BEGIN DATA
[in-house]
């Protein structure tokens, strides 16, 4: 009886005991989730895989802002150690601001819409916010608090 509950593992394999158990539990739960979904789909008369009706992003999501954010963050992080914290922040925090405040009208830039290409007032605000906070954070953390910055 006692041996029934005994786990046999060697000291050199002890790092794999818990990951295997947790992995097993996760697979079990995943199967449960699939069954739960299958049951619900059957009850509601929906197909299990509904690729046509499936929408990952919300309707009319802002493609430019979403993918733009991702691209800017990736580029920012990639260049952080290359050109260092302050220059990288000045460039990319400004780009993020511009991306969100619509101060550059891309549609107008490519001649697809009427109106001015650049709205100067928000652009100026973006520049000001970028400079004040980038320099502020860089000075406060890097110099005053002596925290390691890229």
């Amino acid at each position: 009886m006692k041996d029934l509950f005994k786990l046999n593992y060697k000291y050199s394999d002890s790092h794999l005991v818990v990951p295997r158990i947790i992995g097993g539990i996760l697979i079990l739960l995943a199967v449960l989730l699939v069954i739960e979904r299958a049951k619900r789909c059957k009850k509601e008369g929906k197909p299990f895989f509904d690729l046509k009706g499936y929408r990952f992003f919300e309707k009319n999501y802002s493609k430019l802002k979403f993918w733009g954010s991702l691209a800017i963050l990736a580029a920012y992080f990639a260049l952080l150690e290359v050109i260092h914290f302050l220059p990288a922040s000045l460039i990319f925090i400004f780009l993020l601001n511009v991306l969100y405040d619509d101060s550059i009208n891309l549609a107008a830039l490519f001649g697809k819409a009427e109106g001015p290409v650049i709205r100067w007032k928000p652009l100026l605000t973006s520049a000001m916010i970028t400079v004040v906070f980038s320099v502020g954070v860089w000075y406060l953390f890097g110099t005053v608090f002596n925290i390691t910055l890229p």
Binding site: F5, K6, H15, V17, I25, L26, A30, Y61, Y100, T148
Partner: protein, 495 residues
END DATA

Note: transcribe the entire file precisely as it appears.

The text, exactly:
[in-house]
């Protein structure tokens, strides 16, 4: 009886005991989730895989802002150690601001819409916010608090 509950593992394999158990539990739960979904789909008369009706992003999501954010963050992080914290922040925090405040009208830039290409007032605000906070954070953390910055 006692041996029934005994786990046999060697000291050199002890790092794999818990990951295997947790992995097993996760697979079990995943199967449960699939069954739960299958049951619900059957009850509601929906197909299990509904690729046509499936929408990952919300309707009319802002493609430019979403993918733009991702691209800017990736580029920012990639260049952080290359050109260092302050220059990288000045460039990319400004780009993020511009991306969100619509101060550059891309549609107008490519001649697809009427109106001015650049709205100067928000652009100026973006520049000001970028400079004040980038320099502020860089000075406060890097110099005053002596925290390691890229």
């Amino acid at each position: 009886m006692k041996d029934l509950f005994k786990l046999n593992y060697k000291y050199s394999d002890s790092h794999l005991v818990v990951p295997r158990i947790i992995g097993g539990i996760l697979i079990l739960l995943a199967v449960l989730l699939v069954i739960e979904r299958a049951k619900r789909c059957k009850k509601e008369g929906k197909p299990f895989f509904d690729l046509k009706g499936y929408r990952f992003f919300e309707k009319n999501y802002s493609k430019l802002k979403f993918w733009g954010s991702l691209a800017i963050l990736a580029a920012y992080f990639a260049l952080l150690e290359v050109i260092h914290f302050l220059p990288a922040s000045l460039i990319f925090i400004f780009l993020l601001n511009v991306l969100y405040d619509d101060s550059i009208n891309l549609a107008a830039l490519f001649g697809k819409a009427e109106g001015p290409v650049i709205r100067w007032k928000p652009l100026l605000t973006s520049a000001m916010i970028t400079v004040v906070f980038s320099v502020g954070v860089w000075y406060l953390f890097g110099t005053v608090f002596n925290i390691t910055l890229p």
Binding site: F5, K6, H15, V17, I25, L26, A30, Y61, Y100, T148
Partner: protein, 495 residues